Kygo, Fiction (featuring Tom Odell)
Featuring the incomparable Englishman Tom Odell, this electro-pop escape is his declaration of love. Long distance relationships are tough, but Odell says he "can't take just a fictional you." He's willing to do whatever it takes to make it work. The glossy, feel-good vibe makes this one of the year's finest pieces of earcandy. "It's making me sad. Can't take just a picture of you. It's making me mad. All I know, it's a weekend or two that I can't get past."
Kesha & Zedd, True Colors
With her personal life splashed across headlines all year, Kesha offers up one of her most honest, raw and completely overwhelming recordings. Reinventing Zedd's title track to his 2015 studio album, the pop star opens her heart to the world in a way she's never done before. Plus, she demonstrates her vocal oomph.
Leon Bridges, Coming Home
He's a modern-day Smokey Robinson. Not that soul ever went out of style, but Bridges brings the past into the future -- making us fall in love with one of America's most alluring musical forms all over again. It also helps that his vocal is like butter, leaving us in a puddle on the floor. "Baby, I would be grieving if you wanted to leave me all alone by myself. I don't want nobody else." (Oh, we'd never leave you...)
Randy Rogers Band, Look Out Yonder (with Alison Krauss and Dan Tyminski)
A gentle, kind-hearted wayfaring man is the central character to one of the more close-knit country songs of the year. He's a tumbleweed (with a guitar strapped to his back) who is as ever-changing as the tides, but when it comes down to it, his family is near and dear to him. "He wouldn't listen to a word, and he's broken every rule. But he had the good sense to turn around and come back home. Now, mama, look out yonder comin' down the road. He's a winner; he's loser. He's a picker; he's a chooser. He's a mover; he's a shaker. He's a giver; he's a taker."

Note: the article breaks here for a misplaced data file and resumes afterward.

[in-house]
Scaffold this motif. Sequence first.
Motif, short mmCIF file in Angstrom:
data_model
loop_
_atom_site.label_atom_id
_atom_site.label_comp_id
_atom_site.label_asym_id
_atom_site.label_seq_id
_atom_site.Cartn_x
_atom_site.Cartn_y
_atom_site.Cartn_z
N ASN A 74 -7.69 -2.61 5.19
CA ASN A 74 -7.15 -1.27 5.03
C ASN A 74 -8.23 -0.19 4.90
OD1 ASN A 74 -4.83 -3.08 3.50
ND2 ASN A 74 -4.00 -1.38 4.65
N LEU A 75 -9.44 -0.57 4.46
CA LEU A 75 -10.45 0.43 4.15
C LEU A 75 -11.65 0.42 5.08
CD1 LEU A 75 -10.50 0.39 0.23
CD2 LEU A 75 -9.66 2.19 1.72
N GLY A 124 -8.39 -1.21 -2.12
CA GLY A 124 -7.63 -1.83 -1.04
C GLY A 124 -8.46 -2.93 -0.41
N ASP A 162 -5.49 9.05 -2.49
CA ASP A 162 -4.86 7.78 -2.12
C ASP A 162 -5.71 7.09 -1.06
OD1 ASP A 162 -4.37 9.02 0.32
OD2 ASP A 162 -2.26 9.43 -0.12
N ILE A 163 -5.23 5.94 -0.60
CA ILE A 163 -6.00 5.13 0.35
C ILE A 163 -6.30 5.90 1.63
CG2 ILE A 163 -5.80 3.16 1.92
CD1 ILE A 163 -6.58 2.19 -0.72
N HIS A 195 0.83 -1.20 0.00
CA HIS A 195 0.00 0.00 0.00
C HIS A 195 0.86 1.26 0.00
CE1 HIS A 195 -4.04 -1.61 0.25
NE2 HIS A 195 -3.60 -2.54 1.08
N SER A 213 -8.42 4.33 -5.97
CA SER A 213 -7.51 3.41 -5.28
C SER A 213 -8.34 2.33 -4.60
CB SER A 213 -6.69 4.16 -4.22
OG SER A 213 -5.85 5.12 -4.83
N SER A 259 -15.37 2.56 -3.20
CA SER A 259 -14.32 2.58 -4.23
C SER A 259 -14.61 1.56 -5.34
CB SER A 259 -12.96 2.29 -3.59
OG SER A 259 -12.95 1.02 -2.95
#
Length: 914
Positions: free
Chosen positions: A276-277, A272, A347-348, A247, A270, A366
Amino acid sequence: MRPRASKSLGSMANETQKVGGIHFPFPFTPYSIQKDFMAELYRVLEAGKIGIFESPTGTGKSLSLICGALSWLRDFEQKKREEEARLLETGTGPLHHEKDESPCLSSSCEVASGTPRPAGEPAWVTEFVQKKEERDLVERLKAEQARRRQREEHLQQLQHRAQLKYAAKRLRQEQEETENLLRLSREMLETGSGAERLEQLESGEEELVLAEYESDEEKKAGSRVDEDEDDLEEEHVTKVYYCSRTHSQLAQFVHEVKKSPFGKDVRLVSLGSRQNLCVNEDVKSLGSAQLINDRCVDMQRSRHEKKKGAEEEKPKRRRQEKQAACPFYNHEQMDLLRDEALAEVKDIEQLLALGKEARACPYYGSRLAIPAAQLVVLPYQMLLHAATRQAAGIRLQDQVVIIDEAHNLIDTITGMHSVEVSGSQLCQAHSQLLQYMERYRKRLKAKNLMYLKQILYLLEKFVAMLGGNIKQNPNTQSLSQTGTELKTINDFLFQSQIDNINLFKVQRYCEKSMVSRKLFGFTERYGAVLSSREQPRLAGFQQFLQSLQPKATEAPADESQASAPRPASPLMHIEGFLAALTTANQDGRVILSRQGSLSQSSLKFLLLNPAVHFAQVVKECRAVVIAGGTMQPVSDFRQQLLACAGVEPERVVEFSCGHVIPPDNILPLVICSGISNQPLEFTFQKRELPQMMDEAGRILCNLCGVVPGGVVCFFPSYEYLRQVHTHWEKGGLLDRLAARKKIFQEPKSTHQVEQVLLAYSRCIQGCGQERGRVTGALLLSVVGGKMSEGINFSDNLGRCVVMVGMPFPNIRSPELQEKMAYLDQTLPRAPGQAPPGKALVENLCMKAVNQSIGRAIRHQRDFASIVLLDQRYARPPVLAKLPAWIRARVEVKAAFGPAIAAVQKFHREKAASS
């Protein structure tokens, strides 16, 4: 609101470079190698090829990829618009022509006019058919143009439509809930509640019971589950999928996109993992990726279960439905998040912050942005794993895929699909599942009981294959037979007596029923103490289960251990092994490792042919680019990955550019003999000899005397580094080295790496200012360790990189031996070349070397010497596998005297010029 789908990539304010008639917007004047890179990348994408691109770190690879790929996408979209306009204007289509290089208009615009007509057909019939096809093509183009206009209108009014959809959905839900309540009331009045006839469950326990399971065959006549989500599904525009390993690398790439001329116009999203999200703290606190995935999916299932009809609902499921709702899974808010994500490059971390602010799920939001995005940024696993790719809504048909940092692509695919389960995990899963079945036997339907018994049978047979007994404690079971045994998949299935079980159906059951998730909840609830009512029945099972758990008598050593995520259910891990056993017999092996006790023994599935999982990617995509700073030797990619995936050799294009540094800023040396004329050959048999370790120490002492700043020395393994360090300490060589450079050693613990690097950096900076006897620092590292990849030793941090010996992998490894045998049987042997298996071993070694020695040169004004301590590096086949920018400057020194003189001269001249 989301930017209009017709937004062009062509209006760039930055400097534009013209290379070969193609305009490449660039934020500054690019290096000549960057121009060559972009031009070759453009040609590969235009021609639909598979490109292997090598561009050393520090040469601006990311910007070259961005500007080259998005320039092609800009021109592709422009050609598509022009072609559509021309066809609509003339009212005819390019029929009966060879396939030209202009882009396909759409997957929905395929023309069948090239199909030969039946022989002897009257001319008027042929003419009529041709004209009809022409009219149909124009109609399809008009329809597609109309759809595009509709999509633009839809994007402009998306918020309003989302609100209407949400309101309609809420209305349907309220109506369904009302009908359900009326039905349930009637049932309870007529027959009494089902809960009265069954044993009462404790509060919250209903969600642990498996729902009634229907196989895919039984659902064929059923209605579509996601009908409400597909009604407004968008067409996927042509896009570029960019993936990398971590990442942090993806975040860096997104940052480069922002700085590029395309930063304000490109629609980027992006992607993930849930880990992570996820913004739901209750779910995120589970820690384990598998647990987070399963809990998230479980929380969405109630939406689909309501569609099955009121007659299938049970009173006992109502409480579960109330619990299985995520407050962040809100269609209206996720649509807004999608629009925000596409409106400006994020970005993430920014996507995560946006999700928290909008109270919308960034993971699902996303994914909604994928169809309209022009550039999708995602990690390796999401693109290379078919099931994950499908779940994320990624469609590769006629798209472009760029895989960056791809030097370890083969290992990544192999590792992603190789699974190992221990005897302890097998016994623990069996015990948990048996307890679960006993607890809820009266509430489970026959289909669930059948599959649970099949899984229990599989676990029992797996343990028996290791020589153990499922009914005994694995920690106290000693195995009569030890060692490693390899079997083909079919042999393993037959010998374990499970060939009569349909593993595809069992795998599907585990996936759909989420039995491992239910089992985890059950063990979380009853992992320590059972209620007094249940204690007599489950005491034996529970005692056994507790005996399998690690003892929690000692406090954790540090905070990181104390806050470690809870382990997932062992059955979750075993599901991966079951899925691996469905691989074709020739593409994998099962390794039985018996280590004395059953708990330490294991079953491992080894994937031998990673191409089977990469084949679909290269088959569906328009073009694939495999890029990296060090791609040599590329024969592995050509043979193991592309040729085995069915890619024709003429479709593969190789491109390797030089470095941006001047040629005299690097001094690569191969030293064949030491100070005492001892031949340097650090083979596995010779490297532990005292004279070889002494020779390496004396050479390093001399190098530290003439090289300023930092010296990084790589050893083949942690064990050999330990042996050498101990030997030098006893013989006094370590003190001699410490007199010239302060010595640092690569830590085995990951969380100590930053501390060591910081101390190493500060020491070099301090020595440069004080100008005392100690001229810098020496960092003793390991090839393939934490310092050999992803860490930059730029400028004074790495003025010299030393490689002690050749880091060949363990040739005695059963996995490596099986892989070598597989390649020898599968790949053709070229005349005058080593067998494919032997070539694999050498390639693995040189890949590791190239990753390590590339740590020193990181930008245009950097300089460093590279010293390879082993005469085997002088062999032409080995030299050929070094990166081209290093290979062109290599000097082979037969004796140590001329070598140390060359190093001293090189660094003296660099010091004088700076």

Tegan & Sara, 100x
A stark piano ballad from two of pop's most fascinating sirens is what storytelling is really all about. The pain in their vocals pours down from the heavens like an unforgiving rainstorm, shattering the windows and ripping the floorboards out of the house the '80s built. "It was wrong of me to hurt such a big part of you. I swear I tried to leave you, at least 100 times a day. I swear I tried to tell you, a thousand times a different way. I need out. I don't wanna live this way."
Jennifer Nettles, Unlove You